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            Adolescent storm and stress, reconsidered.

             J Arnett (1999)
            G. S. Hall's (1904) view that adolescence is a period of heightened "storm and stress" is reconsidered in light of contemporary research. The author provides a brief history of the storm-and-stress view and examines 3 key aspects of this view: conflict with parents, mood disruptions, and risk behavior. In all 3 areas, evidence supports a modified storm-and-stress view that takes into account individual differences and cultural variations. Not all adolescents experience storm and stress, but storm and stress is more likely during adolescence than at other ages. Adolescent storm and stress tends to be lower in traditional cultures than in the West but may increase as globalization increases individualism. Similar issues apply to minority cultures in American society. Finally, although the general public is sometimes portrayed by scholars as having a stereotypical view of adolescent storm and stress, both scholars and the general public appear to support a modified storm-and-stress view.
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              Emotional attention, clarity, and repair: Exploring emotional intelligence using the Trait Meta-Mood Scale.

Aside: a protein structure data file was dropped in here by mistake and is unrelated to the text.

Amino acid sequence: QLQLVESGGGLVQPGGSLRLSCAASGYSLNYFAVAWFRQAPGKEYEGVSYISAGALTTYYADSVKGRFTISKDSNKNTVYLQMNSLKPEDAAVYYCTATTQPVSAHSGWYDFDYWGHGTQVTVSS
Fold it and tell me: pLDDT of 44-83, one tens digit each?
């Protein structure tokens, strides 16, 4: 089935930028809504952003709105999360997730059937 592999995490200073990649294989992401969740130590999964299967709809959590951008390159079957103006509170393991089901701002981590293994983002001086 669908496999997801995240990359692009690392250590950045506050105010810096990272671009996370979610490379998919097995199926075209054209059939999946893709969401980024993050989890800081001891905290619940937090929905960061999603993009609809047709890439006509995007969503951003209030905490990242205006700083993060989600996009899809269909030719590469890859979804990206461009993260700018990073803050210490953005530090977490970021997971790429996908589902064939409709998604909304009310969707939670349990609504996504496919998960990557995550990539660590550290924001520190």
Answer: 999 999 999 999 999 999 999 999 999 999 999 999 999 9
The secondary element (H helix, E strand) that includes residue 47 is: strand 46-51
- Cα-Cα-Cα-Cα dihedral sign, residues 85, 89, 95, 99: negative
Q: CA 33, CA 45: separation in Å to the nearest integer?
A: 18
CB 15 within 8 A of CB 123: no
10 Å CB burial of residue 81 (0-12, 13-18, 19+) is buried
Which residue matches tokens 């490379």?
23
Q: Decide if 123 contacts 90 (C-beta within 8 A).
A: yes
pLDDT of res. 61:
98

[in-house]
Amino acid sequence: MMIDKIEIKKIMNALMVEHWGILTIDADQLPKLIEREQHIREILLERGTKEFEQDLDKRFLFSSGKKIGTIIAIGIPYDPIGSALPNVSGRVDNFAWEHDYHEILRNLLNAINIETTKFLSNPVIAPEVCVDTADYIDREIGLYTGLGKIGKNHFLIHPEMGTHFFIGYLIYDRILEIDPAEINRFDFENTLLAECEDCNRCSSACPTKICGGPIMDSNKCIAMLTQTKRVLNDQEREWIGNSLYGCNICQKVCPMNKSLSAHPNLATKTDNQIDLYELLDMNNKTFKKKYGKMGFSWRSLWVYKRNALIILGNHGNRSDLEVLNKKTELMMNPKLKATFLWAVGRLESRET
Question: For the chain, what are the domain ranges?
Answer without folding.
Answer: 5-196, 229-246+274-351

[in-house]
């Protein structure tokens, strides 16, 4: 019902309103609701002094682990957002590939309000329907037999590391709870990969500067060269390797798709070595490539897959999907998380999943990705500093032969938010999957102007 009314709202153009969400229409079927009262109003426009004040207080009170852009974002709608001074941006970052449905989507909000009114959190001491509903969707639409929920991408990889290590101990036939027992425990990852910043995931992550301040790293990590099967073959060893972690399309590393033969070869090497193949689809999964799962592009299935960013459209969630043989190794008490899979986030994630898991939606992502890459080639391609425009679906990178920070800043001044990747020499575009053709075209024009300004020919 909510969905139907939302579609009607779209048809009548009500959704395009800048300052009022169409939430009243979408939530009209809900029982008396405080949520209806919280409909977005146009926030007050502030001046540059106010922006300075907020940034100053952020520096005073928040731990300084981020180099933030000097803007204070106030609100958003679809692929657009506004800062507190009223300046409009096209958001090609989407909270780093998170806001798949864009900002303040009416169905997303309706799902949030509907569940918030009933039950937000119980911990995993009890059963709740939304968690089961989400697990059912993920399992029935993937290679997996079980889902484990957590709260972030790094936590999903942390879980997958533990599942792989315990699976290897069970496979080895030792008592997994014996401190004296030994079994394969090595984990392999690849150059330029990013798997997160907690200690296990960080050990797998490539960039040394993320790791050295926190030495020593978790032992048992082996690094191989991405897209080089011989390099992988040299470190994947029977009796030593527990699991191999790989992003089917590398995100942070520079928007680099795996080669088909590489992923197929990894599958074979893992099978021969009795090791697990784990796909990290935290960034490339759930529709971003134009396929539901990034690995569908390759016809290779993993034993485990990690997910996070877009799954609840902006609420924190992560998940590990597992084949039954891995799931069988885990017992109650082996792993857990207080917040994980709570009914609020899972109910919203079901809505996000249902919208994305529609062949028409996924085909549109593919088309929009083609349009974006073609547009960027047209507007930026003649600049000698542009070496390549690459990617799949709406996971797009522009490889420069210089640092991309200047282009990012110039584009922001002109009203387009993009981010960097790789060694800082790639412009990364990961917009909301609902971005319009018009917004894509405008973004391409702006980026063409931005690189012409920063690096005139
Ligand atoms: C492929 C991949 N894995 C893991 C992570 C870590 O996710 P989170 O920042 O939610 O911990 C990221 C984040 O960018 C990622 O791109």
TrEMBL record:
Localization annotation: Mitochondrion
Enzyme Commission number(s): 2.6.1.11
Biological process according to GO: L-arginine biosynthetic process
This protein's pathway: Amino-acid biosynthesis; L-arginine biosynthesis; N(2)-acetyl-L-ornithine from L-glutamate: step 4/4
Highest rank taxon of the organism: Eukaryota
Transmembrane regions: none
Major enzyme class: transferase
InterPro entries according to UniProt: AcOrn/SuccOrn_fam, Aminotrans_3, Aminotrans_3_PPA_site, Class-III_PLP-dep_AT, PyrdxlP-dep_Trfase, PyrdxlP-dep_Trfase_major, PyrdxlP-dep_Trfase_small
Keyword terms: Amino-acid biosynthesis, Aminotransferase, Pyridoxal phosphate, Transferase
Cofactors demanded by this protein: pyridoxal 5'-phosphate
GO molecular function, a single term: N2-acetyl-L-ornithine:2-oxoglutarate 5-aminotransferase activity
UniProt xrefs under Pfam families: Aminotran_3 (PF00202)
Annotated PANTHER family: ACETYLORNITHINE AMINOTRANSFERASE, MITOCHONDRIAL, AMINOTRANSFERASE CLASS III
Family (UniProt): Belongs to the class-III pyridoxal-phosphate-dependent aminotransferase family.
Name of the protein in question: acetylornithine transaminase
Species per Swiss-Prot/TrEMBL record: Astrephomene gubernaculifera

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                Author and article information

                Journal
                jba
                JBA
                Journal of Behavioral Addictions
                J Behav Addict
                Akadémiai Kiadó (Budapest )
                2062-5871
                2063-5303
                21 September 2018
                September 2018
                : 7
                : 3
                : 707-718
                Affiliations
                [ 1 ]Department of Psychology, FPCEE Blanquerna, Universitat Ramon Llull , Barcelona, Spain
                [ 2 ]International Gaming Research Unit, Psychology Department, Nottingham Trent University , Nottingham, UK
                Author notes
                [* ]Corresponding author: Alexandra Torres-Rodríguez; Department of Psychology, FPCEE Blanquerna, Universitat Ramon Llull, 34 Císter Street, Barcelona 08022, Spain; Phone: +34 93 253 30 00; Fax: +34 93 253 30 32; E-mail: alexandrart@ 123456blanquerna.url.edu
                Article
                10.1556/2006.7.2018.75
                6426364
                30264606
                © 2018 The Author(s)

                This is an open-access article distributed under the terms of the Creative Commons Attribution-NonCommercial 4.0 International License, which permits unrestricted use, distribution, and reproduction in any medium for non-commercial purposes, provided the original author and source are credited, a link to the CC License is provided, and changes – if any – are indicated.

                Page count
                Figures: 0, Tables: 7, Equations: 0, References: 96, Pages: 12
                Funding
                Funding sources: This study was supported by personal Blanquerna Research Grant (BRB) to AT-R.
                Categories